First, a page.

1993, 06/28-30. Our Utopia is “No Place” To Be.
The title of this section comes from the origin of the word “utopia,” which is from the Greek words “ou,” meaning “not” and “topos,” which means “a place,” and which essentially means “nowhere” because it means an ideal place to live that does not exist in reality. When I was trying to understand more about the cult I was living in and how its system worked, I read about the utopian communal societies that had been formed in the United States in the 1800s, such as the Oneida Community and others. COBU was a communal living situation that was supposed to be better for us to live in than living in “the world,” and living alone and separated like “church Christians” did. However, the exact opposite was true.
In this section, I continued to talk about the sexual frustration I was experiencing while living in COBU, where marriage and relationships were forbidden.
At this moment, I am “snapping.” I began to talk to Paul about it. Or rather, to talk to him about the non-marriage in our church, and as always, I wish I had said absolutely nothing. About all I can do is go back to that idea of surviving by becoming an observer of my own life. What can I do to avoid snapping?
A woman, a woman. What’s so difficult in having one’s own woman?
There are a lot of dead areas and wasted time in my life. It’s always that way, but I seem to be noticing it more lately and I also am more bothered about it lately.
I went out “sweeping” with Paul and Peter, really just handing out tracts. We sat and read the Bible together on the steps of the Lincoln Center. Now we are about to have a construction meeting here at 46th Street.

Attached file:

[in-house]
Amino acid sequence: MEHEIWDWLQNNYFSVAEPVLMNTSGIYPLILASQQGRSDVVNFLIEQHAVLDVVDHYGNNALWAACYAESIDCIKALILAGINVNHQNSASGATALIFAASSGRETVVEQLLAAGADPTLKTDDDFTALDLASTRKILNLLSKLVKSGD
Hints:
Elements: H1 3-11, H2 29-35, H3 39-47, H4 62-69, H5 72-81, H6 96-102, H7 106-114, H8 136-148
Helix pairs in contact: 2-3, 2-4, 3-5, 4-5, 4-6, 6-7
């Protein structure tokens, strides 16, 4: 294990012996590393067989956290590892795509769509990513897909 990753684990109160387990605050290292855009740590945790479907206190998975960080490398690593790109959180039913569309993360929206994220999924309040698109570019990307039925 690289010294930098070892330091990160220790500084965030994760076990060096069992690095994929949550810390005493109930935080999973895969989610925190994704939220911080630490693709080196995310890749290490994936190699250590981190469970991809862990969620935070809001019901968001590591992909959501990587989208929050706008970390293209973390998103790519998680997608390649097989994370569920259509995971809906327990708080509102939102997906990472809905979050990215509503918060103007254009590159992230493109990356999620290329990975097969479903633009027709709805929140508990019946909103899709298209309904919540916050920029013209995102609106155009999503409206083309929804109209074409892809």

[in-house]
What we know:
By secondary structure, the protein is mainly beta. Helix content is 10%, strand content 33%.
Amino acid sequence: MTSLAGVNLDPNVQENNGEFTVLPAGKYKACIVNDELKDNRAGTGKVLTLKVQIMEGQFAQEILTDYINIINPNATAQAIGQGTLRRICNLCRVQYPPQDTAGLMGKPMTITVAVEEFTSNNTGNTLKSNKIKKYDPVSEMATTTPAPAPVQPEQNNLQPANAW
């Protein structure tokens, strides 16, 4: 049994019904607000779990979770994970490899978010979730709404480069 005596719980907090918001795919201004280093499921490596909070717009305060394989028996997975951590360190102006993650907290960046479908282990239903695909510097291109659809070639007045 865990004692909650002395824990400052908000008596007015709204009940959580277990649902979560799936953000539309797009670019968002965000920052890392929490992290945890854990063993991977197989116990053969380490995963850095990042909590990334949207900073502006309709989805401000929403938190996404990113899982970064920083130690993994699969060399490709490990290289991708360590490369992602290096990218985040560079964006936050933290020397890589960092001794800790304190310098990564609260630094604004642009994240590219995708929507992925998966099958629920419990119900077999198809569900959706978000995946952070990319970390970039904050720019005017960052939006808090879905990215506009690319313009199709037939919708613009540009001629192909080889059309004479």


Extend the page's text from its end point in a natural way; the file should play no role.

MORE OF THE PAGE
(This was a meeting for Christian Brothers, the church’s construction, painting and wood floor businesses.)
I am on guard, looking at the people around me in the room. It looks like Woodruff is going to get a clean up, if not a little work done on it – why now? Because Stewart has said to do so.
(I noted this, because I had lived in the church’s Woodruff residence for many years and I sometimes brought up the need for a clean up or to repair leaks in the ceiling, which was met with deaf ears, but now that Stewart said to do some repairs, it was going to get done.)
We made a quick division over “who is on the Lord’s side?”
(We voted on each brother present in the meeting to decide who we saw as being faithful to Christ and who was not. This voting was called “making our divisions,” and it was a feature of nearly every one of our meetings. Although we made this particular division in a couple of minutes, making divisions often took up large parts of our meetings, because each brother had to make a speech about himself and then get voted on, to find out if he was “backed or not,” and what category he was voted into. The Bible reference that was used to support this was 1 Corinthians 11:19: “for there must be factions among you in order that those who are genuine among you may be recognized.” We used the word “divisions” rather than factions. (There are several translations of the Bible that use the word “divisions” for this verse.)
Paul, Peter and I were not trusted. Me, the loudest.
(I was especially not trusted and many brothers voiced their opinions on that.)
Chuck was cornering Paul with the things Paul said about himself when we were riding together in the van.
(When we were driving together, Paul had been talking about his view of his own unfaithfulness to Christ, in a confessional way and now Chuck was using this on him at the meeting.)